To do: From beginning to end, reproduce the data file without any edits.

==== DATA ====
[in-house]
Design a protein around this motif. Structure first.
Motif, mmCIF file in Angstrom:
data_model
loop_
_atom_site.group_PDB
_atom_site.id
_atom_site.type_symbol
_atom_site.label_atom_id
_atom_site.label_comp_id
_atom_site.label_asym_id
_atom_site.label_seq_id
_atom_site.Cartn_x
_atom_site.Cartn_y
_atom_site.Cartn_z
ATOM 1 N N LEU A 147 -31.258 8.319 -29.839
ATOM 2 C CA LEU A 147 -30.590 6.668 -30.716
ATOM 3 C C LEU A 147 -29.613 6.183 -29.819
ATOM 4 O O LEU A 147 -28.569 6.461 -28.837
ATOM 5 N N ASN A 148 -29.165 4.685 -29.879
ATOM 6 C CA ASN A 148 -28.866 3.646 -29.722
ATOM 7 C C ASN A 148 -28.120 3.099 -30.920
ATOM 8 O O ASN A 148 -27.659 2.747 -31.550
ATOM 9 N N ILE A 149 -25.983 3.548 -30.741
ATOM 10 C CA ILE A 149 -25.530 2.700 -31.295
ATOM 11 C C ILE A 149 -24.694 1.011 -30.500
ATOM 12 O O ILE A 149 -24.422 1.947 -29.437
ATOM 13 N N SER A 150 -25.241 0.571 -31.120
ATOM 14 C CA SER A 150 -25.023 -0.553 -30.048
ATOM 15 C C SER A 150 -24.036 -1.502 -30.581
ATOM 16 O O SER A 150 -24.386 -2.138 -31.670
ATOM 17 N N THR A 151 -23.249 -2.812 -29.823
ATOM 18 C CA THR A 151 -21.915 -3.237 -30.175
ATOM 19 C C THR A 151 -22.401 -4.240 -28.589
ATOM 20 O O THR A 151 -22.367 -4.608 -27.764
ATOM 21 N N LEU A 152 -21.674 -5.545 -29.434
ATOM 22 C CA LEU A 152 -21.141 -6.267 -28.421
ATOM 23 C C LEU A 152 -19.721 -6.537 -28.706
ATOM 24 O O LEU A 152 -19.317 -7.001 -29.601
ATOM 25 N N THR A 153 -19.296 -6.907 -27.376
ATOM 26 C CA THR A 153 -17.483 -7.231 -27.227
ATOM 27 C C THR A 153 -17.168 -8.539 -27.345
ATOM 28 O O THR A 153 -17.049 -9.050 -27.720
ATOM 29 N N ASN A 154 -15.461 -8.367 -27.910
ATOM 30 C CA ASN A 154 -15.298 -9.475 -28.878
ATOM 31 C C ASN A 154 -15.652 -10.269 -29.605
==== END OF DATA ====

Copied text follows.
[in-house]
Design a protein around this motif. Structure first.
Motif, mmCIF file in Angstrom:
data_model
loop_
_atom_site.group_PDB
_atom_site.id
_atom_site.type_symbol
_atom_site.label_atom_id
_atom_site.label_comp_id
_atom_site.label_asym_id
_atom_site.label_seq_id
_atom_site.Cartn_x
_atom_site.Cartn_y
_atom_site.Cartn_z
ATOM 1 N N LEU A 147 -31.258 8.319 -29.839
ATOM 2 C CA LEU A 147 -30.590 6.668 -30.716
ATOM 3 C C LEU A 147 -29.613 6.183 -29.819
ATOM 4 O O LEU A 147 -28.569 6.461 -28.837
ATOM 5 N N ASN A 148 -29.165 4.685 -29.879
ATOM 6 C CA ASN A 148 -28.866 3.646 -29.722
ATOM 7 C C ASN A 148 -28.120 3.099 -30.920
ATOM 8 O O ASN A 148 -27.659 2.747 -31.550
ATOM 9 N N ILE A 149 -25.983 3.548 -30.741
ATOM 10 C CA ILE A 149 -25.530 2.700 -31.295
ATOM 11 C C ILE A 149 -24.694 1.011 -30.500
ATOM 12 O O ILE A 149 -24.422 1.947 -29.437
ATOM 13 N N SER A 150 -25.241 0.571 -31.120
ATOM 14 C CA SER A 150 -25.023 -0.553 -30.048
ATOM 15 C C SER A 150 -24.036 -1.502 -30.581
ATOM 16 O O SER A 150 -24.386 -2.138 -31.670
ATOM 17 N N THR A 151 -23.249 -2.812 -29.823
ATOM 18 C CA THR A 151 -21.915 -3.237 -30.175
ATOM 19 C C THR A 151 -22.401 -4.240 -28.589
ATOM 20 O O THR A 151 -22.367 -4.608 -27.764
ATOM 21 N N LEU A 152 -21.674 -5.545 -29.434
ATOM 22 C CA LEU A 152 -21.141 -6.267 -28.421
ATOM 23 C C LEU A 152 -19.721 -6.537 -28.706
ATOM 24 O O LEU A 152 -19.317 -7.001 -29.601
ATOM 25 N N THR A 153 -19.296 -6.907 -27.376
ATOM 26 C CA THR A 153 -17.483 -7.231 -27.227
ATOM 27 C C THR A 153 -17.168 -8.539 -27.345
ATOM 28 O O THR A 153 -17.049 -9.050 -27.720
ATOM 29 N N ASN A 154 -15.461 -8.367 -27.910
ATOM 30 C CA ASN A 154 -15.298 -9.475 -28.878
ATOM 31 C C ASN A 154 -15.652 -10.269 -29.605